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December 17, 2005, 12:00 PM

Origin, Evolution and the Future of Life on Earth

Participants: Christian de Duve, James P. Ferris, Colin McGinn, Edward Nersessian (moderator), Mark Norell, Robert Pollack

How did life begin? What were its earliest forms? Where did it originate? Was it chance or inevitable? Is a biochemical understanding sufficient to explain creation? How did early molecules evolve into today's humans? What can be said about the development of the mind? What of the phenomenon of consciousness? Can culture, civilization, and technology influence evolution in the future, or will Darwinian rules alone prevail? What dangers lie ahead? Can data from other planets help answer questions about the beginnings of life?

These and other questions are examined in this roundtable, whose participants come from a wide variety of disciplines -- biochemistry, paleontology, philosophy, science and religion.

Christian de Duve is the 1974 Nobel Prize winner in medicine and the author of Singularities.

James P. Ferris is Director of the New York Center for Studies of the Origin of Life at the Rensselaer Polytechnic Institute. He is former Editor of Origins of Life and Evolution of the Biosphere and former Chair of the NASA Exobiology Advisory Committee. He is the recipient of the Oparin Medal for the Study of the Origin of Life.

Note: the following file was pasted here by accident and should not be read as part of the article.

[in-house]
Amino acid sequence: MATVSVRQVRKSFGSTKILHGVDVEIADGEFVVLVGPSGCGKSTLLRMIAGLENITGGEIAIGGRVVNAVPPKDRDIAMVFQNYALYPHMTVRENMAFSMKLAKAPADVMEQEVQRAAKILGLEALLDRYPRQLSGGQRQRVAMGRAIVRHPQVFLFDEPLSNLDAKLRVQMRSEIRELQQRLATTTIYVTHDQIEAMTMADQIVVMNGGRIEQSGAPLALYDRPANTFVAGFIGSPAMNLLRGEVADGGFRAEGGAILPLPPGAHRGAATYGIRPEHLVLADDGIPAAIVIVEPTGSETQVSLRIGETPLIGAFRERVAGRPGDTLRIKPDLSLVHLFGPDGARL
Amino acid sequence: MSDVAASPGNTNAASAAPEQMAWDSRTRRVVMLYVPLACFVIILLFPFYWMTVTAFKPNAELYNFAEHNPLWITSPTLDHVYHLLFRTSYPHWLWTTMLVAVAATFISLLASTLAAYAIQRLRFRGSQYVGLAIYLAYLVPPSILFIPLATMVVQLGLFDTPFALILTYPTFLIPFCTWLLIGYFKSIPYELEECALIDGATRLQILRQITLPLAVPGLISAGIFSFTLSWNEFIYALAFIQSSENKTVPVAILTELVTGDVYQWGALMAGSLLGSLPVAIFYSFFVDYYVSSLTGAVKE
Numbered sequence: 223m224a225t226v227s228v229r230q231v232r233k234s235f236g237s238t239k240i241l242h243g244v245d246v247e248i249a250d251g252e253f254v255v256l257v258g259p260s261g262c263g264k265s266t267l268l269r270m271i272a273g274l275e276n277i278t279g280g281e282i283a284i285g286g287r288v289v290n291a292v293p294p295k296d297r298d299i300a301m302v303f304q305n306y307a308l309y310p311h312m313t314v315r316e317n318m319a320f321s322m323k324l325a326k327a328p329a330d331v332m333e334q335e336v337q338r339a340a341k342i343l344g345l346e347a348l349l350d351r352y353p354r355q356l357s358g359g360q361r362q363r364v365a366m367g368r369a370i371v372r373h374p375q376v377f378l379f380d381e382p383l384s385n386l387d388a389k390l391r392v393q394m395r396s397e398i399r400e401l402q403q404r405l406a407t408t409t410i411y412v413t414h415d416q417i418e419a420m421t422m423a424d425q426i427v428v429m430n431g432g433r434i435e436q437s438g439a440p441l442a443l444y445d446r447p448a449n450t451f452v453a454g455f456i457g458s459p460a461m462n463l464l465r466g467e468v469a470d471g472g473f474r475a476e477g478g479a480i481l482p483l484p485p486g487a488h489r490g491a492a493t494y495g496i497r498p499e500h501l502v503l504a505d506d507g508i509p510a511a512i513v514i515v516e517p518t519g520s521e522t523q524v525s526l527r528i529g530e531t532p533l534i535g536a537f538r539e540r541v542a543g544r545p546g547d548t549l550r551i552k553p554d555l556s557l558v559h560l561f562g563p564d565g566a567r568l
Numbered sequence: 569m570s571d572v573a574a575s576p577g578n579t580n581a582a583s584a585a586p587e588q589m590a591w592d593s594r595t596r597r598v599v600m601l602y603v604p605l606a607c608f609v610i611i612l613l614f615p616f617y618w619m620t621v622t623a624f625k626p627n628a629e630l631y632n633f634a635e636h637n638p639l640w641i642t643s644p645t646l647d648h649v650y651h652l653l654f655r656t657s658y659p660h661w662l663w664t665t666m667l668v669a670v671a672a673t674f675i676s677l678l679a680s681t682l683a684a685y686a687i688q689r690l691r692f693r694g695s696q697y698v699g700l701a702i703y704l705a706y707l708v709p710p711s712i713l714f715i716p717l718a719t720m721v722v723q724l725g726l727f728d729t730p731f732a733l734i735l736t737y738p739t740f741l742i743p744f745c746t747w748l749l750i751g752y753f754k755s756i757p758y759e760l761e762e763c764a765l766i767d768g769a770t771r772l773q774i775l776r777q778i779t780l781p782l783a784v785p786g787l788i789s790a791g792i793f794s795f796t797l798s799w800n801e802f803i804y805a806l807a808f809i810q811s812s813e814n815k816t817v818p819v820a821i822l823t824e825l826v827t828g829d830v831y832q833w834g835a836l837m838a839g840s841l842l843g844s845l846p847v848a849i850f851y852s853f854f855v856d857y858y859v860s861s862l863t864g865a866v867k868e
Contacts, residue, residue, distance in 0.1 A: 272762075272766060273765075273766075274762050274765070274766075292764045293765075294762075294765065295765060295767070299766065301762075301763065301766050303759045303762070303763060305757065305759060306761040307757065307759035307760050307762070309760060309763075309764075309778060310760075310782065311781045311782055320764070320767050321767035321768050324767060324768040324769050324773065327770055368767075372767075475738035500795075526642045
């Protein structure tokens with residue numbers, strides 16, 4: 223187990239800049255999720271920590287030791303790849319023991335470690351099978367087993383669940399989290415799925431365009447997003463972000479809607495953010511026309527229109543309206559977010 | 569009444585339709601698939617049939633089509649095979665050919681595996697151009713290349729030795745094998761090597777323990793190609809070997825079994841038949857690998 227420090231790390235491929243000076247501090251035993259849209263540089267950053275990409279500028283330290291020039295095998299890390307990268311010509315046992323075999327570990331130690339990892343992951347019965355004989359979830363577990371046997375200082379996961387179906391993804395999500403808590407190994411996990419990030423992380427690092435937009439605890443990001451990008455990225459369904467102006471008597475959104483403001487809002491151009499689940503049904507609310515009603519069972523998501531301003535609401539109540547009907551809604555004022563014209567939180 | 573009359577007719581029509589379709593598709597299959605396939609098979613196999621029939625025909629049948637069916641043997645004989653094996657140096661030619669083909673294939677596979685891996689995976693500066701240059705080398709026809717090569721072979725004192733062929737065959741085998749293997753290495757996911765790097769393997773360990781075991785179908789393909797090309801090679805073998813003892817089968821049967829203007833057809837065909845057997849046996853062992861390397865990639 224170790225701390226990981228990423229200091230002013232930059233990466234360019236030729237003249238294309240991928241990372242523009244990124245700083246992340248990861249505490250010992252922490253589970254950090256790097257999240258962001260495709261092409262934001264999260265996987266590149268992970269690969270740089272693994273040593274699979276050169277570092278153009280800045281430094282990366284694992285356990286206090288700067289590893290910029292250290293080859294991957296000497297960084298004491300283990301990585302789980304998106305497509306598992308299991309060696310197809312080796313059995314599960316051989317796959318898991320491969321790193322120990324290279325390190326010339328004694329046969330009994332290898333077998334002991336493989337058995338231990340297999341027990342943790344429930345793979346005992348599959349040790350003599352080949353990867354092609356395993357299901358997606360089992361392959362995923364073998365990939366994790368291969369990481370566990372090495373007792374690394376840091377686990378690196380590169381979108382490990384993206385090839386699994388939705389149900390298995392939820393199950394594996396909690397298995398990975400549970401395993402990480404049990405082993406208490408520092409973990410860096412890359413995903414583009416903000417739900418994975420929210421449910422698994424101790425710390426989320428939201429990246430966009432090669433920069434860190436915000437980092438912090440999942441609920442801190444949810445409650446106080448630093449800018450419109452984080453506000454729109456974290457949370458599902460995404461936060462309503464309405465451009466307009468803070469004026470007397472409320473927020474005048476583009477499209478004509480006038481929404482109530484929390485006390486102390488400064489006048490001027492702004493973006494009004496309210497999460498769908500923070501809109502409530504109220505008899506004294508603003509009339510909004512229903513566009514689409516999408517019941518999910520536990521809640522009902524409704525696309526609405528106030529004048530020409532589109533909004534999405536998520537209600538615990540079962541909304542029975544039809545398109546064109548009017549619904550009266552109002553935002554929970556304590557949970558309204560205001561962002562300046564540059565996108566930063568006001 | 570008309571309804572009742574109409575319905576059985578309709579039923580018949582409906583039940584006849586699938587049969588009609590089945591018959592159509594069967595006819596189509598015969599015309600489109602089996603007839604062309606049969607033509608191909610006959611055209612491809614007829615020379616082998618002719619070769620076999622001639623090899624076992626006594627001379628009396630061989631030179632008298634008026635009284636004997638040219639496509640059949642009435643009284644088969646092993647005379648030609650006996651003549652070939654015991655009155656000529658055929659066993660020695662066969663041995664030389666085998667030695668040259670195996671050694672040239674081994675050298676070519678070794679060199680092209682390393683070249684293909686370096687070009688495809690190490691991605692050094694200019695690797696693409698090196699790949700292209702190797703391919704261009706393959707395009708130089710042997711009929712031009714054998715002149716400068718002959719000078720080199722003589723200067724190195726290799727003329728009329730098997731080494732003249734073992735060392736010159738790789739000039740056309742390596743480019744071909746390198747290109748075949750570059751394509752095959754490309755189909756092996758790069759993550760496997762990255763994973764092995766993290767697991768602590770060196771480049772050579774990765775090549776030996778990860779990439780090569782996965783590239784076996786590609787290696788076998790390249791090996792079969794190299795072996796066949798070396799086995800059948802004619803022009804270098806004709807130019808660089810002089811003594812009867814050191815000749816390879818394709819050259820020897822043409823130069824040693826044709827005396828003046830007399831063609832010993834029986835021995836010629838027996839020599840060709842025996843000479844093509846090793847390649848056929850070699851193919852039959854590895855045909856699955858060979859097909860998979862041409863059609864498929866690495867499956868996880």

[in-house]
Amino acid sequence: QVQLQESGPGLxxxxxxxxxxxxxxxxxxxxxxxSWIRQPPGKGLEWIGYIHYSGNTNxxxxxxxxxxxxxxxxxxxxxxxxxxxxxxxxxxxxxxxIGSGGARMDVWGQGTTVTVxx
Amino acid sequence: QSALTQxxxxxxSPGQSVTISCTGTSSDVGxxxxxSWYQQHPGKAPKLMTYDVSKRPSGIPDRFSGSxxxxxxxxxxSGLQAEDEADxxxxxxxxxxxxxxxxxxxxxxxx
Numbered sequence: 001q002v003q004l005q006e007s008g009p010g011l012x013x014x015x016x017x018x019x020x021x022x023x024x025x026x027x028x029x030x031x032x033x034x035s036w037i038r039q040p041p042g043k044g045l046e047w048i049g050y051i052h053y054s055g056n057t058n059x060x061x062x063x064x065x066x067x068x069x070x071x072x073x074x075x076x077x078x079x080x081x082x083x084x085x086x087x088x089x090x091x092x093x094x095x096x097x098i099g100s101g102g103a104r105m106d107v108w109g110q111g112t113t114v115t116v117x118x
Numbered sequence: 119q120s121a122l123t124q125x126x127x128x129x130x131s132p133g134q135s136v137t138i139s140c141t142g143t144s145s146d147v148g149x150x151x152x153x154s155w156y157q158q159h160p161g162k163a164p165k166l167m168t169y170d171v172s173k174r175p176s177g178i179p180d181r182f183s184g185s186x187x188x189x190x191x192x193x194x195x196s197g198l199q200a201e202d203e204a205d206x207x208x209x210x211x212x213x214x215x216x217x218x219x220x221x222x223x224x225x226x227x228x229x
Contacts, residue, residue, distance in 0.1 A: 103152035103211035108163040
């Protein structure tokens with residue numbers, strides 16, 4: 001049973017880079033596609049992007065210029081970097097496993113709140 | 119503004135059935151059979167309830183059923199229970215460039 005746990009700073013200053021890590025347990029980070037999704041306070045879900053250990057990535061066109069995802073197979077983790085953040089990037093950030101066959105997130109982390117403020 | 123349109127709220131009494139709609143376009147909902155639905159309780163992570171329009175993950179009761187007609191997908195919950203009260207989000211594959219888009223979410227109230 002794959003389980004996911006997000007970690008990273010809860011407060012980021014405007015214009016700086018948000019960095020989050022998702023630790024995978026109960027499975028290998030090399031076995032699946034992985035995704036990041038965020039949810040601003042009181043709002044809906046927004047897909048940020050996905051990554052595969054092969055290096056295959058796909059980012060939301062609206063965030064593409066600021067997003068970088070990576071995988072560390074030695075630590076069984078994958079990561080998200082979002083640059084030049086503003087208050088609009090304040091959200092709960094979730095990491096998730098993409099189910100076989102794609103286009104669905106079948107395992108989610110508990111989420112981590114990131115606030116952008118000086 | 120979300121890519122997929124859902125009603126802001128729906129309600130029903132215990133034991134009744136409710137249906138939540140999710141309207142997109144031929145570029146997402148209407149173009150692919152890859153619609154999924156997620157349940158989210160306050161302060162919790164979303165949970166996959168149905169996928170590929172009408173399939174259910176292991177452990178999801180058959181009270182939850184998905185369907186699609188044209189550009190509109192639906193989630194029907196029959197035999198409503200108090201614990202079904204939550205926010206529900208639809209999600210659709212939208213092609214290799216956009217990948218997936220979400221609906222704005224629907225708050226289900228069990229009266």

Colin McGinn is a philosopher (consciousness, intentionality, imagination) and author of The Character of Mind and Problems in Philosophy: The Limits of Inquiry.

Mark Norell is Chairman and Curator of the Division of Paleontology at the American Museum of Natural History, New York City. He is co-author of Discovering Dinosaurs: Evolution, Extinction, and the Lessons of Prehistory.

Robert Pollack is Professor of Biological Sciences, Adjunct Professor of Religion, and Lecturer in Psychiatry at Columbia University. He is Director of the Center for the Study of Science and Religion at Columbia University and author most recently of The Faith of Biology and the Biology of Faith: Order, Meaning and Free Will in Modern Science. He also edits books and reviews on aspects of molecular biology.


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